Diary of being on safari with Simon King
Our magical Mara experienced commenced with a lunch hosted by Simon King and Liz Drake in London at a private members club followed by an exclusive screening of the new Disney Nature film ‘African Cats’, which Simon helped to film.
The lunch was perfect for meeting each other and breaking the ice and the film gave us an insight to what we could expect to see in the coming days. Simon wanted to show us the locations where he filmed sequences and to introduce and update us on some of the characters in the film.
At the onset it was clear that Simon was going to be the perfect gentleman host and a brilliant, informative and generous guide. He made everyone feel important, at ease and part of his safari family.
It was then straight off to the Virgin Club Lounge at LHR.
The following morning we landed in Nairobi fresh after our flat-bed flight and ready to start our own African Cats safari. We boarded our private plane without transferring airports and were on our first game drive one hour later!
Our first bush camp consisted of 8 tents in a secluded setting lining the banks of the Mara River. Comfortable but not plush, we could relax and be at one with nature. We lunched and dined outside under the shade of the trees and in candlelight, being entertained by our hippo neighbours and went to sleep to the sounds of the bush – leopards, elephants, hyenas and of course the hippos. Our days started pre-dawn and we would spend hours observing the dramas of the disparate Marsh Pride as they unfolded before us, the antics of a herd of bachelor giraffes, the family dynamics of a herd of elephants when a juvenile male misbehaved within the group!
Simon would explain the behaviour and predicted the consequences, providing a valuable insight and better understanding of their world. Simon’s knowledge is extensive; he could always identity species – birds, insects, reptiles, mammals etc – and explain in depth their behaviour, far transcending the information the local guides could provide. With Simon as our guide we spent quality time waiting and watching – sometimes we sat for hours amidst herds of wildebeest just listening to them and being mesmerized by their constant restlessness and forward march, or watching the young male lions befriending females or groups of lions just sleeping. We even saw one young male trying to befriend Bibi. We sat with White Eye for a long time. We waited patiently and were rewarded with leopard sightings of Olive and her two boys!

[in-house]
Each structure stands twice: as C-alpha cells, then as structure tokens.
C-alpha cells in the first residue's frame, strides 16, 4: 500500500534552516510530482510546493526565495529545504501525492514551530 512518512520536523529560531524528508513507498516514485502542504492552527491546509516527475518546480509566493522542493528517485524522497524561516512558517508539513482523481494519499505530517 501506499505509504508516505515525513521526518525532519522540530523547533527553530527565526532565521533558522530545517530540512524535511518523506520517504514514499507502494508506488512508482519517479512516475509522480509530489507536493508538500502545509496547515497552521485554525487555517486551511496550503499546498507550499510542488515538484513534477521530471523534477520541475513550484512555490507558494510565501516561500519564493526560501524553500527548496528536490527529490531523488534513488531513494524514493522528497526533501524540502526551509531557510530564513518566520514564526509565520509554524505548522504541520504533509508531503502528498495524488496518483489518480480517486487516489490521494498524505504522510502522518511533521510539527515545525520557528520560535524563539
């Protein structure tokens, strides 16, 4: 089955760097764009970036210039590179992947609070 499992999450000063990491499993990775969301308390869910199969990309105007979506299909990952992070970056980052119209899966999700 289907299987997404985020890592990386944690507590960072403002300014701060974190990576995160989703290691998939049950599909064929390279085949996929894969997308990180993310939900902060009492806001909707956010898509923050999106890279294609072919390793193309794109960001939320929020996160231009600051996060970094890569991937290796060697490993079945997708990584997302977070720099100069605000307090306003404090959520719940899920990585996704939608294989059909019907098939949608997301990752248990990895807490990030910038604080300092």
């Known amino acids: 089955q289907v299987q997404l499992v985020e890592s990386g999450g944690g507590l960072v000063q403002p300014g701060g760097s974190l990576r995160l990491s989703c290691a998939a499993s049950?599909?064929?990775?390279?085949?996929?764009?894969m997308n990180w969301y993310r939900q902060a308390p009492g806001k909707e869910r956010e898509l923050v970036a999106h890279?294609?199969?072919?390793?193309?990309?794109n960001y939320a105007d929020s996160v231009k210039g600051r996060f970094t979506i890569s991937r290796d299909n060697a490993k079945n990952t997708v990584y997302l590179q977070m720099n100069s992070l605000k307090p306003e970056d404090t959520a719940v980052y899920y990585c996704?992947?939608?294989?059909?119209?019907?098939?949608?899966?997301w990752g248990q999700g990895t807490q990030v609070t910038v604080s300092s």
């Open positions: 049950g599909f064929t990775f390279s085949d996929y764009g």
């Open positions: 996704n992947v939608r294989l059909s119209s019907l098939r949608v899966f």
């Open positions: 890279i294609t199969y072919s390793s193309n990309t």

Other vehicles would congregate around us but move on after 5 or 10 minutes not understanding what was captivating us. But these were some of the characters Simon has been filming for years and knows well and the ever changing pride dynamics was utterly riveting. Little did the other guides and their guests know what they were missing! We’d reluctantly return to camp some 6 hours later.
Sometimes we’d stay out and have lunch in the bush returning to camp in time for a quick shower before heading back out again to witness the stirrings as dusk fell upon the plains. The adrenalin and wonders of The Mara kept the pace going and time flew by. Before we knew it the sun had set and darkness was upon us. It was time to head back to the campfire for more tales from our wildlife film-maker extraordinaire, and boy can he tell a good story!
Our second bush camp excelled expectations of luxury with even a Victorian bath in the bush!
The wildlife experiences kept rolling in with the chance of walking with two protected wild black rhino, night drives with spotlights, witnessing the decimation of a wildebeest by 30 or more vultures, the first wobbly steps of three tiny leopard cubs, the spectacular dispute between two hyena packs where over 70 hyena played out their strategies pushing each other backwards and forwards until they agreed on the new boundary.
All this wild excitment was interspersed with reflective moments like our champagne sun-upper, fun times with sun-downers on the plains, a champagne balloon flight and our very own ‘out of Africa’ black tie bush dinner on the river bank. Simon was definitely our Denys Finch Hatton!
Our last African sunset…… We couldn’t bear to leave The Mara without one more chance of seeing those three tiny leopard cubs, so we broke camp early, forwent breakfastand even changed the airstrip from which to fly back to Nairobi (one of the many benefits of having you own private plane!). This gave us a precious and memorable 2 hours with the cubs before having a tailgate breakfast on the airstrip just as our plane landed – perfect timing and a perfect end to a perfect safari. That same evening we were tucked up in our own beds at home in a different world and with a different family, but this was a safari to dine out on for eternity. Simon &The Mara had worked their magic.